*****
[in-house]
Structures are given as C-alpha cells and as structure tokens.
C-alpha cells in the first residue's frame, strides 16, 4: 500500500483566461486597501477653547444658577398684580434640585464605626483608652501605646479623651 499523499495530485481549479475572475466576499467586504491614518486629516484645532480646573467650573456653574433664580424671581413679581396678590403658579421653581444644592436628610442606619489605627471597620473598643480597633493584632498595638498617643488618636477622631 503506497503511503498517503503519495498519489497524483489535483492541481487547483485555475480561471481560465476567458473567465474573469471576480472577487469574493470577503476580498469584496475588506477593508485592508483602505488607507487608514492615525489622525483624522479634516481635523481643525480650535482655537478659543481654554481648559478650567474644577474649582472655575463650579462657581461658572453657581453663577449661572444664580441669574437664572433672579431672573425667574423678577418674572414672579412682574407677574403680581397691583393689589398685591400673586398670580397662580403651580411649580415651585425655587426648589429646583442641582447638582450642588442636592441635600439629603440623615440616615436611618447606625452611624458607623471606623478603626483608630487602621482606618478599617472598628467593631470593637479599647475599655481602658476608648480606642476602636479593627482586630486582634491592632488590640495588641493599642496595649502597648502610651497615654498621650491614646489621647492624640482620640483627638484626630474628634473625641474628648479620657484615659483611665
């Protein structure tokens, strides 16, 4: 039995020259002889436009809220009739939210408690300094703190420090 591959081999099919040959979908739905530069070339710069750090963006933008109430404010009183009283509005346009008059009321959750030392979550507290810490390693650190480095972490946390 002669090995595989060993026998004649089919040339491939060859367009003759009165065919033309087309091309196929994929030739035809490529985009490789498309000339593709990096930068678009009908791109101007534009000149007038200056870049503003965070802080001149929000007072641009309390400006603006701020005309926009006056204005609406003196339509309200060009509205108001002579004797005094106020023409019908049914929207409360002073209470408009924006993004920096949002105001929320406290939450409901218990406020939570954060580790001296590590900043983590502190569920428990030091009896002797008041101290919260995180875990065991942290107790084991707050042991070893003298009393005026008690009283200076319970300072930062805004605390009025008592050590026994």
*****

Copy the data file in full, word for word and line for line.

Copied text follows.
[in-house]
Structures are given as C-alpha cells and as structure tokens.
C-alpha cells in the first residue's frame, strides 16, 4: 500500500483566461486597501477653547444658577398684580434640585464605626483608652501605646479623651 499523499495530485481549479475572475466576499467586504491614518486629516484645532480646573467650573456653574433664580424671581413679581396678590403658579421653581444644592436628610442606619489605627471597620473598643480597633493584632498595638498617643488618636477622631 503506497503511503498517503503519495498519489497524483489535483492541481487547483485555475480561471481560465476567458473567465474573469471576480472577487469574493470577503476580498469584496475588506477593508485592508483602505488607507487608514492615525489622525483624522479634516481635523481643525480650535482655537478659543481654554481648559478650567474644577474649582472655575463650579462657581461658572453657581453663577449661572444664580441669574437664572433672579431672573425667574423678577418674572414672579412682574407677574403680581397691583393689589398685591400673586398670580397662580403651580411649580415651585425655587426648589429646583442641582447638582450642588442636592441635600439629603440623615440616615436611618447606625452611624458607623471606623478603626483608630487602621482606618478599617472598628467593631470593637479599647475599655481602658476608648480606642476602636479593627482586630486582634491592632488590640495588641493599642496595649502597648502610651497615654498621650491614646489621647492624640482620640483627638484626630474628634473625641474628648479620657484615659483611665
């Protein structure tokens, strides 16, 4: 039995020259002889436009809220009739939210408690300094703190420090 591959081999099919040959979908739905530069070339710069750090963006933008109430404010009183009283509005346009008059009321959750030392979550507290810490390693650190480095972490946390 002669090995595989060993026998004649089919040339491939060859367009003759009165065919033309087309091309196929994929030739035809490529985009490789498309000339593709990096930068678009009908791109101007534009000149007038200056870049503003965070802080001149929000007072641009309390400006603006701020005309926009006056204005609406003196339509309200060009509205108001002579004797005094106020023409019908049914929207409360002073209470408009924006993004920096949002105001929320406290939450409901218990406020939570954060580790001296590590900043983590502190569920428990030091009896002797008041101290919260995180875990065991942290107790084991707050042991070893003298009393005026008690009283200076319970300072930062805004605390009025008592050590026994």